Madrid Open: Aryna Sabalenka wins second title with victory over Iga Swiatek
Aryna Sabalenka defeats world number one Iga Swiatek in three sets to win her second Madrid Open title.
Aryna Sabalenka defeats world number one Iga Swiatek in three sets to win her second Madrid Open title.
Nearly 24 hours after winning a four-hour quarter-final marathon, Ugo Humbert returned to court Saturday, when he advanced to the championship match at the Sardegna Open. The Frenchman will fight for the title against Laslo Djere, who rallied to upset second seed Ben Shelton at the ATP Challenger Tour 175 event in Cagliari.
The Frenchman Humbert ousted Daniel Elahi Galan 6-2, 7-6(3). Despite holding a 5-2 lead in the second set, including a match point on serve at 5-4, the 24-year-old was pushed to a tie-break before closing out the match in one hour, 41 minutes; a sharp contrast to Humbert’s four-hour, 13-minute victory against Taro Daniel in the quarter-finals, where he saved three match points to survive.
“I was just trying to do my best every point, even if I was serving for the match,” Humbert said in his post-match press conference. “You have to stay focused and wait for a good opportunity.”
Humbert, a seven-time Challenger champion, will aim for his first clay-court title in Sunday’s final.
“Normally I only win one or two matches on clay per year, but I’m enjoying it this year,” Humbert said. “Super proud to be in the final.”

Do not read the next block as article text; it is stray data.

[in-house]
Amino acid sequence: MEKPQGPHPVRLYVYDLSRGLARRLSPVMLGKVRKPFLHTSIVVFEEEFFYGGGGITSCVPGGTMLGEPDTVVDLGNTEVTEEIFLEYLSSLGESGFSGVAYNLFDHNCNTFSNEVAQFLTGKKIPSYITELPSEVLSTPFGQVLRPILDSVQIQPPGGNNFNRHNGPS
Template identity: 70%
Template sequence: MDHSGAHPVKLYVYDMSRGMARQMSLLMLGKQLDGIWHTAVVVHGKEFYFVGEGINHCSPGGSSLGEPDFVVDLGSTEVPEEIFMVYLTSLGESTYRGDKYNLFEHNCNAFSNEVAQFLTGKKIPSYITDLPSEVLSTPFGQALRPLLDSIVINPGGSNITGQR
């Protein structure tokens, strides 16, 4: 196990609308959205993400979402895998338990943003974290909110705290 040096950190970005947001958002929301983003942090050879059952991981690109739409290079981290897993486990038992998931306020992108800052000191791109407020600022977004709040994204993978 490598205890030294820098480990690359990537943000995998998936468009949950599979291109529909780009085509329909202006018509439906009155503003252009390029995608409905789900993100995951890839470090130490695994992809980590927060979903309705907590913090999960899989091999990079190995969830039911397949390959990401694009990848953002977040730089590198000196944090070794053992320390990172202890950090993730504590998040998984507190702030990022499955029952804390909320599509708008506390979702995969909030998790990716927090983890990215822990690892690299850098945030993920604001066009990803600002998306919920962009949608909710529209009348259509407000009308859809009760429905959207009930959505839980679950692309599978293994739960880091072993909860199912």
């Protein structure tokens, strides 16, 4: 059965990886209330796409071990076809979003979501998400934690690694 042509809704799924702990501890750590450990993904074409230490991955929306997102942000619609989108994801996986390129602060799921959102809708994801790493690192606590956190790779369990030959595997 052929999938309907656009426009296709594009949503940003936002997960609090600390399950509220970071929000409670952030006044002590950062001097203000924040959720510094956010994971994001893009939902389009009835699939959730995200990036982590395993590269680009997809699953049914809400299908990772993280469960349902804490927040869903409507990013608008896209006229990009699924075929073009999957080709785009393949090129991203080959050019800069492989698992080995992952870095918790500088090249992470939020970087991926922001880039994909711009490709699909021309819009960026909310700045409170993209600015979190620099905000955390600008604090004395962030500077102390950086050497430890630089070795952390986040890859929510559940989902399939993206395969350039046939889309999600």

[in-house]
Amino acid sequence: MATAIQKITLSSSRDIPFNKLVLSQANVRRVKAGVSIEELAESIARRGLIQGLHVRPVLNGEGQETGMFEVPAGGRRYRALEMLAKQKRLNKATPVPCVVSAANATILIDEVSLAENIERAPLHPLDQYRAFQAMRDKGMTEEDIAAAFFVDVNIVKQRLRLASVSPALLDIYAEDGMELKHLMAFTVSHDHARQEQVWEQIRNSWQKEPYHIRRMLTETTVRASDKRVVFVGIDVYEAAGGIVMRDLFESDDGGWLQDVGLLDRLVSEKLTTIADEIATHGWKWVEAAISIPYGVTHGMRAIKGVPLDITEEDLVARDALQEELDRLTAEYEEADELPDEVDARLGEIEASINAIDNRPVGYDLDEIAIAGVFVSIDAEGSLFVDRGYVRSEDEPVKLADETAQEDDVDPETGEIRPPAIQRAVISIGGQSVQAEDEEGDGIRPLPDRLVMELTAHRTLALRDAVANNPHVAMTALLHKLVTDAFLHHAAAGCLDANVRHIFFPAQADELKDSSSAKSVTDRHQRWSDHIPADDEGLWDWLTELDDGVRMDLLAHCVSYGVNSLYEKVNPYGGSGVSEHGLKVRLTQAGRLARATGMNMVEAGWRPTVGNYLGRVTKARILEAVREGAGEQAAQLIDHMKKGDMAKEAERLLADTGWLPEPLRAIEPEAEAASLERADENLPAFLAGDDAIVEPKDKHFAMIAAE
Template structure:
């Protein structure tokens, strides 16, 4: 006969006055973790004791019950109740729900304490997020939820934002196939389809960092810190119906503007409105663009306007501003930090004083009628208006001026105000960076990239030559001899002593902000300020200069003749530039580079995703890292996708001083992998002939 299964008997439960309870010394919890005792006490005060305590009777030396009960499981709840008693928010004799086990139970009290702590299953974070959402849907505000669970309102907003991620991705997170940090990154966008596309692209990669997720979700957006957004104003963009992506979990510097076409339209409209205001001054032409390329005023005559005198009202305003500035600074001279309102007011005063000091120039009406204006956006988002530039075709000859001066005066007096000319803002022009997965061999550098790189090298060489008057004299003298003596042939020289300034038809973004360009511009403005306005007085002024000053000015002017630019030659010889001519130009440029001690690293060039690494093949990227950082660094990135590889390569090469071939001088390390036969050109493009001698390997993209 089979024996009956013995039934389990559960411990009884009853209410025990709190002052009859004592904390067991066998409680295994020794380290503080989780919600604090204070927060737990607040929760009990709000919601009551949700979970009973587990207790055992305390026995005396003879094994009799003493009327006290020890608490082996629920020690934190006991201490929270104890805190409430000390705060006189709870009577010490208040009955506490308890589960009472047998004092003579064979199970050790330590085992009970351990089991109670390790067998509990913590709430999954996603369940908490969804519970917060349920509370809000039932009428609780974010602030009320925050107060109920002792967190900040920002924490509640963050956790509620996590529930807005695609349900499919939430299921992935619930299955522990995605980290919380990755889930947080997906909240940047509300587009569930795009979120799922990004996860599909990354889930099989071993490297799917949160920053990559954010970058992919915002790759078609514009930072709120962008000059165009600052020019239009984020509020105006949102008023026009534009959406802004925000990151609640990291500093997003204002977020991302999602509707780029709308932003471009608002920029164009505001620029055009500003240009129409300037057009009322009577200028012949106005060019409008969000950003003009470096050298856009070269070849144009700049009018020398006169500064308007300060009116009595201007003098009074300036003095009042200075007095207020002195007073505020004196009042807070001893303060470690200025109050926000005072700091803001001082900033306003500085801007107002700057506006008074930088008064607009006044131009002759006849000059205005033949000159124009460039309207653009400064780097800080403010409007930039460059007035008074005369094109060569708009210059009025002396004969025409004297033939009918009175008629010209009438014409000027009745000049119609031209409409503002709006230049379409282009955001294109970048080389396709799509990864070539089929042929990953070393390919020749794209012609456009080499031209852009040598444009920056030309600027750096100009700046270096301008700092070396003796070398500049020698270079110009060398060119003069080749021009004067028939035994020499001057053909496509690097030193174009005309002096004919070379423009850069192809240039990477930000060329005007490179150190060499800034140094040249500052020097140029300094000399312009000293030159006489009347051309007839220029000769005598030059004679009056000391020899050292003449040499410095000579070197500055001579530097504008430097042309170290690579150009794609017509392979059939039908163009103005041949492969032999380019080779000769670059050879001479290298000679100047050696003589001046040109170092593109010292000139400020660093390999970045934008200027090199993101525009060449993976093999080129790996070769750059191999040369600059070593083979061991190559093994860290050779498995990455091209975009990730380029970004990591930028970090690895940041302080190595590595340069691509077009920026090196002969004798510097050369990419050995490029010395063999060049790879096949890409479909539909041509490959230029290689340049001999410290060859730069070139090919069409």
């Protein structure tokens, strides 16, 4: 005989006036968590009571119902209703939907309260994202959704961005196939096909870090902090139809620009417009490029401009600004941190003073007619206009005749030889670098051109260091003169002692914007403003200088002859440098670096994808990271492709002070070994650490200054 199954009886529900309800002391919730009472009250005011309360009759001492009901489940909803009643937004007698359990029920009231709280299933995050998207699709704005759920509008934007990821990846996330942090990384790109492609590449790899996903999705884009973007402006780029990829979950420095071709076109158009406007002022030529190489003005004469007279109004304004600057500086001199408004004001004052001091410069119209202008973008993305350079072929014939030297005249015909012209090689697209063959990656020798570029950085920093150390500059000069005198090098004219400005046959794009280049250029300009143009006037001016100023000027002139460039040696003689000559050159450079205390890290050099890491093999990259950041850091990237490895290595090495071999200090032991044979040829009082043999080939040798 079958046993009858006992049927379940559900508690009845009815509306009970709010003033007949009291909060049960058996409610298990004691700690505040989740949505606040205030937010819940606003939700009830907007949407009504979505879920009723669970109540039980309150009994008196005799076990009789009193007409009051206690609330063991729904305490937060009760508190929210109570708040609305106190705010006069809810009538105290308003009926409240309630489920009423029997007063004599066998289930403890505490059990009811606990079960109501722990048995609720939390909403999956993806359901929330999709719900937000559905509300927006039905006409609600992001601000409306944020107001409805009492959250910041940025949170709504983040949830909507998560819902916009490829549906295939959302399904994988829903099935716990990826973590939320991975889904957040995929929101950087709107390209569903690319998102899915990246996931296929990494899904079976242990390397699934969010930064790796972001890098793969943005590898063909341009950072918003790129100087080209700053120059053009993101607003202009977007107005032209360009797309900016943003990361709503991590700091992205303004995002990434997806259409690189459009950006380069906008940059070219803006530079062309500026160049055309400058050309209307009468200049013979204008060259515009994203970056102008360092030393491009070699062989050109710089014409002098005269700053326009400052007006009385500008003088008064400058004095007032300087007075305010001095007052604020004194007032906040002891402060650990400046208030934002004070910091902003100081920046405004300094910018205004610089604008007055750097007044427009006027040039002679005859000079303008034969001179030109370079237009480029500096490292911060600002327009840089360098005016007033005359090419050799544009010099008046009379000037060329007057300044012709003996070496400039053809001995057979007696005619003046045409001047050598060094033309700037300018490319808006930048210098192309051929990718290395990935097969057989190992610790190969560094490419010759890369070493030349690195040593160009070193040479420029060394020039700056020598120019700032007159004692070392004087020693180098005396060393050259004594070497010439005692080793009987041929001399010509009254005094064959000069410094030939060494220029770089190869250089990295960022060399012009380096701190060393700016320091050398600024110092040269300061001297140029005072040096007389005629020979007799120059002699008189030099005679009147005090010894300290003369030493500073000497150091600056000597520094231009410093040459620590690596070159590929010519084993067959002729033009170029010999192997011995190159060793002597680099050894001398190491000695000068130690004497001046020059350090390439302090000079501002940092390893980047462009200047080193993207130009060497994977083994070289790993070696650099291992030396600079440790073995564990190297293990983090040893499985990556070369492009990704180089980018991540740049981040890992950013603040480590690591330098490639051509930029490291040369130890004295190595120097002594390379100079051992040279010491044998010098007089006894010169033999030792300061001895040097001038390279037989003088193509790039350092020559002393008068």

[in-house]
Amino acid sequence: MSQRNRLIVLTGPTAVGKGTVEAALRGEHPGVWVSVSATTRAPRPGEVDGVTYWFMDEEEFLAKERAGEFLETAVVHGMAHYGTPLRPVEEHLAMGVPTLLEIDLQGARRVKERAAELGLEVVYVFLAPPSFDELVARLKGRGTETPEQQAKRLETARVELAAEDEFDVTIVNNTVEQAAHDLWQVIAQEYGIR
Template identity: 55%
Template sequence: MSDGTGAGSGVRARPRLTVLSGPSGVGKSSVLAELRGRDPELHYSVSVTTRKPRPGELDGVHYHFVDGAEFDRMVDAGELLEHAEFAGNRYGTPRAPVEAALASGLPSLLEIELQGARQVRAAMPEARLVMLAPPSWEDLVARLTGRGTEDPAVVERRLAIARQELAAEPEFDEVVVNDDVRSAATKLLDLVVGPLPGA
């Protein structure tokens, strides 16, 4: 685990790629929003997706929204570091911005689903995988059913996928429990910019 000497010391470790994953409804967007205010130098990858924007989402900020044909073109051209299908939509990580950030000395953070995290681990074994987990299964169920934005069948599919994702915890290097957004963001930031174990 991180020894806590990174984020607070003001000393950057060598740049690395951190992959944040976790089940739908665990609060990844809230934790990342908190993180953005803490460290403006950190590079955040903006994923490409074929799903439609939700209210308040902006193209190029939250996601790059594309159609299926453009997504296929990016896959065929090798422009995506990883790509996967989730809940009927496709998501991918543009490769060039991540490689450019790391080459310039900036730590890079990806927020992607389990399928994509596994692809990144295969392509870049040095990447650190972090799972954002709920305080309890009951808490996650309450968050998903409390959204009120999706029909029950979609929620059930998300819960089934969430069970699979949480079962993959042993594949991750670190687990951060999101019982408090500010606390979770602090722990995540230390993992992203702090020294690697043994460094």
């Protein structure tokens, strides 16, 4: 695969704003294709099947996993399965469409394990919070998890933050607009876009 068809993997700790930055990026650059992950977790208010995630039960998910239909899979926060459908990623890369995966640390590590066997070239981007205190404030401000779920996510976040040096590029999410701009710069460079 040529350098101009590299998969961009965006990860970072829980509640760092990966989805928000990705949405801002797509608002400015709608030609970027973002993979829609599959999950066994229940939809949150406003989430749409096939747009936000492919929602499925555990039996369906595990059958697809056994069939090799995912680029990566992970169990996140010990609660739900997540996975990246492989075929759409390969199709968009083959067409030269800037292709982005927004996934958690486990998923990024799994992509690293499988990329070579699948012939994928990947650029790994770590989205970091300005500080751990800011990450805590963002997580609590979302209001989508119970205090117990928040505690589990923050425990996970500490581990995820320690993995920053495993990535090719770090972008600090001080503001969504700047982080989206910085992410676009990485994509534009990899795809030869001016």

Fourth seed Djere defeated World No. 38 Ben Shelton 3-6, 6-3, 6-4 to reach his first Challenger final since June 2018.
Laslo Djere celebrates a semi-final victory at the Sardegna Open. Credit: Mike Lawrence/ATP Tour
This isn’t the first time the Serbian Djere has found success in Cagliari. In 2020, Djere captured his second tour-level title at the ATP 250 event on the Italian island.
In doubles action, top seeds Maximo Gonzalez and Andres Molteni will contest third seeds Alexander Erler and Lucas Miedler in the championship match.
Ready. For. This. 👊#ATPChallenger | @federtennis pic.twitter.com/dGoGLZJChG
— ATP Challenger Tour (@ATPChallenger) May 6, 2023
Fans at the ATP Challenger Tour 175 event in Aix-en-Provence, France are in for a treat Sunday, when three-time major champion Andy Murray and World No. 17 Tommy Paul will battle for the title.
Murray and Paul both earned straight-set victories in Saturday’s semifinals at the Open Aix Provence Credit Agricole. The Briton Murray displayed superb all-court coverage and fended off all four break points faced to down home hope Harold Mayot 7-5, 6-1.
Mayot, 21, showed a variety of tactics, often deploying drop shots and working his way forward in his first Challenger semi-final of the year.
Top seed Paul, who is yet to drop a set this week, defeated David Goffin 6-4, 6-2 in the last four after the American won 54 per cent of return points.
“Goffin is an unreal player, he’s had an unreal career,” Paul said. “I think I returned really well and played the big points well. There were a couple times where I was down break point and I came up with a first serve. I was really happy with that.”